Mindful Self-Compassion – Leading the way for healthier young minds.
Young people and mental health in a changing world is the theme for World Mental Health Day today (10th October 2018). For over a decade I have been calling for greater awareness and practical internal resources for our young people. Sadly, we are still looking at an increase in mental ill-health.
The World Health Organisation reveal that half of all mental illness begins by the age of 14, but most cases go undetected and untreated. In terms of the burden of the disease among adolescents, depression is the third leading cause. Suicide is the second leading cause of death among 15-29-year-olds. Harmful use of alcohol and illicit drugs among adolescents is a major issue in many countries and can lead to risky behaviours such as unsafe sex or dangerous driving. Eating disorders are also of serious concern.
As a secondary education teacher, no matter what type of school I taught in, the underlying issues were the same. The behaviours demonstrating there were problems presented differently – the boys in a failing school would sniff glue, bunk off, smoke dope and graffiti, and the high performing girls would retreat into self-harming; either through eating manipulation, cutting or denying themselves any mental respite. However, I believe the fundamental, core issues remained the same; they were unhappy in their own skin. There would be a myriad of different reasons, such as being too fat, too thin, not sporty enough, not brainy enough, too nerdy… and so the list goes on. Their situations could be poles apart, but their ingrained dissatisfaction with who they are, how they show up in the world and their perceived powerlessness remained the same.
Mindful Self-Compassion can change all of this! If young people learnt the skills to notice what thoughts, (relationships and situations) are causing them suffering, then they could make a choice to change their response to them. They may not be able to change their circumstances, but they can begin to lessen the critical voice making them bad or wrong for what is happening.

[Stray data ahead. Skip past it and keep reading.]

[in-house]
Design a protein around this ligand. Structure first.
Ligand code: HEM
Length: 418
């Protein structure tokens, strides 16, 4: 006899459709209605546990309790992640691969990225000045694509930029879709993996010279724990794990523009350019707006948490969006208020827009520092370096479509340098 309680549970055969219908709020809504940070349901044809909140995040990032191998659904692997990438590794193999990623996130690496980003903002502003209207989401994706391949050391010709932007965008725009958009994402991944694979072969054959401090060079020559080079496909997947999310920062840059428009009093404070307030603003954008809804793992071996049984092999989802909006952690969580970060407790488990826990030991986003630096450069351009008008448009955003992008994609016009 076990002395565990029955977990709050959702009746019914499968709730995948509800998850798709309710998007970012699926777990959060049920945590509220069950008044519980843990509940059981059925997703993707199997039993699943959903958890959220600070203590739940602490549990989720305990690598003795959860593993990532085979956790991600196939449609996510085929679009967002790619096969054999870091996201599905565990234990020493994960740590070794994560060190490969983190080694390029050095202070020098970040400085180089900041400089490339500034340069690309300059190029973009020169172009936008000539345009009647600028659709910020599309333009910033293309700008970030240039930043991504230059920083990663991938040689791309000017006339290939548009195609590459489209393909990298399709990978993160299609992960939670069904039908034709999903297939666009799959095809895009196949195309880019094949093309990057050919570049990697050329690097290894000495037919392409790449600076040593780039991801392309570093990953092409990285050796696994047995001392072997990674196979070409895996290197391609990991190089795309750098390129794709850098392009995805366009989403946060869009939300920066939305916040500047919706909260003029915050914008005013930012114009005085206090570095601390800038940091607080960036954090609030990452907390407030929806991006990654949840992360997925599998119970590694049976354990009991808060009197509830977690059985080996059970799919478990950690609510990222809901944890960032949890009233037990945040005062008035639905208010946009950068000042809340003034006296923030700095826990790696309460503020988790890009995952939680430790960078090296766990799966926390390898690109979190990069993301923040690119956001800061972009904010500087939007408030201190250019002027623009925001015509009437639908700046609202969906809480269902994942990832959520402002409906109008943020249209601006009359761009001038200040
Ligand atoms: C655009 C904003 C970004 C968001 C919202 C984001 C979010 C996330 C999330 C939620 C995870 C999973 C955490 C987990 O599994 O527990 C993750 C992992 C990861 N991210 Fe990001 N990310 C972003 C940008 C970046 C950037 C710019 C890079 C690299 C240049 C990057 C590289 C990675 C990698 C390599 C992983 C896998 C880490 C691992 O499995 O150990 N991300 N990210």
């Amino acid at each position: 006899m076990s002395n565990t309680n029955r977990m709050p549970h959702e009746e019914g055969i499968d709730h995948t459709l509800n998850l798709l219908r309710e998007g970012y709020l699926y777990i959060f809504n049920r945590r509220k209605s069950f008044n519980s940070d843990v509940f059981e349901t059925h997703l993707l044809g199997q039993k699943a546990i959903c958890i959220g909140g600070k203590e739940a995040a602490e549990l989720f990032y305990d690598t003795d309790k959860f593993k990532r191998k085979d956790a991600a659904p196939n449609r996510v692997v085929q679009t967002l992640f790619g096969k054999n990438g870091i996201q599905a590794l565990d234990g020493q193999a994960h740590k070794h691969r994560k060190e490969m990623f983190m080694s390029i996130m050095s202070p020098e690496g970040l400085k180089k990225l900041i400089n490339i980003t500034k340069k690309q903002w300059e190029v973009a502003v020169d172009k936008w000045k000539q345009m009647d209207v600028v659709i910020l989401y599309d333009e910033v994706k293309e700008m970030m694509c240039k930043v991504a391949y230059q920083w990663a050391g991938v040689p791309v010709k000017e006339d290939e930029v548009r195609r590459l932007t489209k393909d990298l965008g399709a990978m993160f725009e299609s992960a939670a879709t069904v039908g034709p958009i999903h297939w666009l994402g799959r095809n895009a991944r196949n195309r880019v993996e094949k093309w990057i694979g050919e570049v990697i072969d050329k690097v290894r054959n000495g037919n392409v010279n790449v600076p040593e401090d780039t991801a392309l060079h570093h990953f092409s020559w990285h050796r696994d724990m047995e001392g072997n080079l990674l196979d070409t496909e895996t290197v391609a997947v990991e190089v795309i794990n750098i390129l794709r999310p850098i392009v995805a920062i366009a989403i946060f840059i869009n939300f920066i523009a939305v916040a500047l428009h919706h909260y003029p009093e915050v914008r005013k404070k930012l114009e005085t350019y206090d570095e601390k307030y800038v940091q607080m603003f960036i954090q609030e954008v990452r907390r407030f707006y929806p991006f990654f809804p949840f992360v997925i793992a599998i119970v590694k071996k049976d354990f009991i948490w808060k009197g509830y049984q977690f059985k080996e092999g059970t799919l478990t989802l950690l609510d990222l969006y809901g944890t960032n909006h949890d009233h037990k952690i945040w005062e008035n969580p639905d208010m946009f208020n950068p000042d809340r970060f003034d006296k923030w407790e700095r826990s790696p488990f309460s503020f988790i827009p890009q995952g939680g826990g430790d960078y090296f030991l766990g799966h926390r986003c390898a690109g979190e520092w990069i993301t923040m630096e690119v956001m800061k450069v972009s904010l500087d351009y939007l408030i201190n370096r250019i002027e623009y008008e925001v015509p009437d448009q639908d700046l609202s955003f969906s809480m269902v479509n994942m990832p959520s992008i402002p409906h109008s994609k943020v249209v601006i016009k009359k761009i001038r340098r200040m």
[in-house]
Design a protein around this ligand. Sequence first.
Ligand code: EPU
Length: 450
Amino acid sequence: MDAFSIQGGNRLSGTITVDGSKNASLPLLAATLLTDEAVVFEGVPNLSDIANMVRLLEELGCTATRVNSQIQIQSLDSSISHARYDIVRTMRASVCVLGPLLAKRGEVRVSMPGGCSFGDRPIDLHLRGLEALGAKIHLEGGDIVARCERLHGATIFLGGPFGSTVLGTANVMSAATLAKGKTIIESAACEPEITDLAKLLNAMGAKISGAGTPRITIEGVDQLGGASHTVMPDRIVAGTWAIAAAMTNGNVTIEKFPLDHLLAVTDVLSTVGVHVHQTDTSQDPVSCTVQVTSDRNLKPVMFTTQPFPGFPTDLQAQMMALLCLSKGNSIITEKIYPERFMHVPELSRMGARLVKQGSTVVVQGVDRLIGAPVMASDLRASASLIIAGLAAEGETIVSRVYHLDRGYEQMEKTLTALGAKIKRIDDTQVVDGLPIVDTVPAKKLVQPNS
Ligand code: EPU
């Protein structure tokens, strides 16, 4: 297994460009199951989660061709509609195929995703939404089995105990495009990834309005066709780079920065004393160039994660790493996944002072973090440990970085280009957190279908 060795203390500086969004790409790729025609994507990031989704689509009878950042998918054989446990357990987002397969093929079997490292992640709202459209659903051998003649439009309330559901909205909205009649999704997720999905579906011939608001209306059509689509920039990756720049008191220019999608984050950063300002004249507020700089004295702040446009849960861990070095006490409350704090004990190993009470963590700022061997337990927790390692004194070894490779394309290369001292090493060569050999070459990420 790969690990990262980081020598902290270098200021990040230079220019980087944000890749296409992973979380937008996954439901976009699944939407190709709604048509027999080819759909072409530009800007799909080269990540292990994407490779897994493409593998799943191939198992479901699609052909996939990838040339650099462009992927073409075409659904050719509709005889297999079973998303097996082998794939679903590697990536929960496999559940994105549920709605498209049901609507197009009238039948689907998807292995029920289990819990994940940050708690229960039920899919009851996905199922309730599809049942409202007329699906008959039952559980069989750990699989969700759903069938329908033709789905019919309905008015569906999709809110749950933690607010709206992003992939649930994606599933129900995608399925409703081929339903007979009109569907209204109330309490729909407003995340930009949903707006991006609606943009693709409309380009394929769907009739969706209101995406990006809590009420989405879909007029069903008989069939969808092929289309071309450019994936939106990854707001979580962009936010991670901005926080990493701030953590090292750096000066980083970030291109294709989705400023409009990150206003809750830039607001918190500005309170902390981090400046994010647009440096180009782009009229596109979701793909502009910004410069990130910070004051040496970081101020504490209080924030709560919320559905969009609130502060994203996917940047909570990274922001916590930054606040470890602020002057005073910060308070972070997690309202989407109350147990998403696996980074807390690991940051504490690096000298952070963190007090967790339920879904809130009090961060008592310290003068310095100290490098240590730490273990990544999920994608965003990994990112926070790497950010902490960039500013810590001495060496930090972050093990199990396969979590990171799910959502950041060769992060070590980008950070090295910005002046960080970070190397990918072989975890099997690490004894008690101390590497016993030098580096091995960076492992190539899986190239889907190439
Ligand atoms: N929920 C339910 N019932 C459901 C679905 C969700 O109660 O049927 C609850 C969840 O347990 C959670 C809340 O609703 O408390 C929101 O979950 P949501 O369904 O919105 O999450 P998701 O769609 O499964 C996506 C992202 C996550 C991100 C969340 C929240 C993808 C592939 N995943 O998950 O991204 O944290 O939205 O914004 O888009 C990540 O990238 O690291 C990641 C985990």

So how does Mindful Self-Compassion work differently to other resilience building modalities? It gives us practical ways to respond to difficult moments, in the moment! We do not have to remove ourselves from the difficulty to give ourselves what we need. Going for a relaxing walk or connecting with a friend are great choices, but we cannot do this mid-way through an exam or when we are caring for a family member.
The three components of Mindful Self-Compassion come together to create a set of internal and practical resources we can give ourselves in the moment of pain, failure or disappointment. We employ Mindfulness to notice things are tough and we notice that “this hurts” – we are suffering, this is a moment of difficulty. We engage self-compassion practices to soften around the edges of these painful thoughts or moments and learn to soothe ourselves when things go wrong. Through our appreciation of Common Humanity – “if anyone was walking in my shoes right now, they too would find this hard” we reduce our habit of isolating ourselves and recognise we are not alone. Our stories may be different, but as human beings we all want to be love and accepted for who we are.
So what if we could embed SELF-KINDNESS skills when our children are young, so that no matter what they are facing they could bring warmth and compassion to their aching hearts or troubled minds in the moment of suffering? Just as they would comfort and reassure their best friend who was feeling sad, frightened or confused, they too could give themselves the same kindness, tenderness and support they would their best friend.
Children are taught to strive, to be their best selves and to constantly improve themselves. Children are taught they must try harder, make the grade, be better. What if they were just fine as they were? What if they recognised deep down that they were ok just the way they were and that they could choose to bring kindness to any thoughts of self-doubt, self-loathing or self-hate that may arise as they face the challenges of adolescence and adulthood?
Mindful Self-Compassion has been empirically proven to reduce anxiety, depression and stress. It increases happiness, social connectedness and wellbeing. Kristin Neff’s research, world leading expert of Mindful Self-Compassion has shown 78% of people are significantly kinder to others than they are themselves. Our inner critic is more likely to rule the roost and can make our inner lives a living hell.
What if we could bring MSC into every school, every youth club and every home, to change the way we talk to ourselves inside our heads? How different would our learning communities and society be? Let’s give our children and young people a chance by teaching them the resilience building skills they need to live a happier, kinder and richer life. And if you’re a parent who is still beating yourself up for not being a good enough parent, why not give yourself the gift of MSC too. It’s never too late to learn to befriend who you are!
Certified Mindful Self-Compassion Teacher
Mindful Self-Compassion Teacher for Teens and Young Adults
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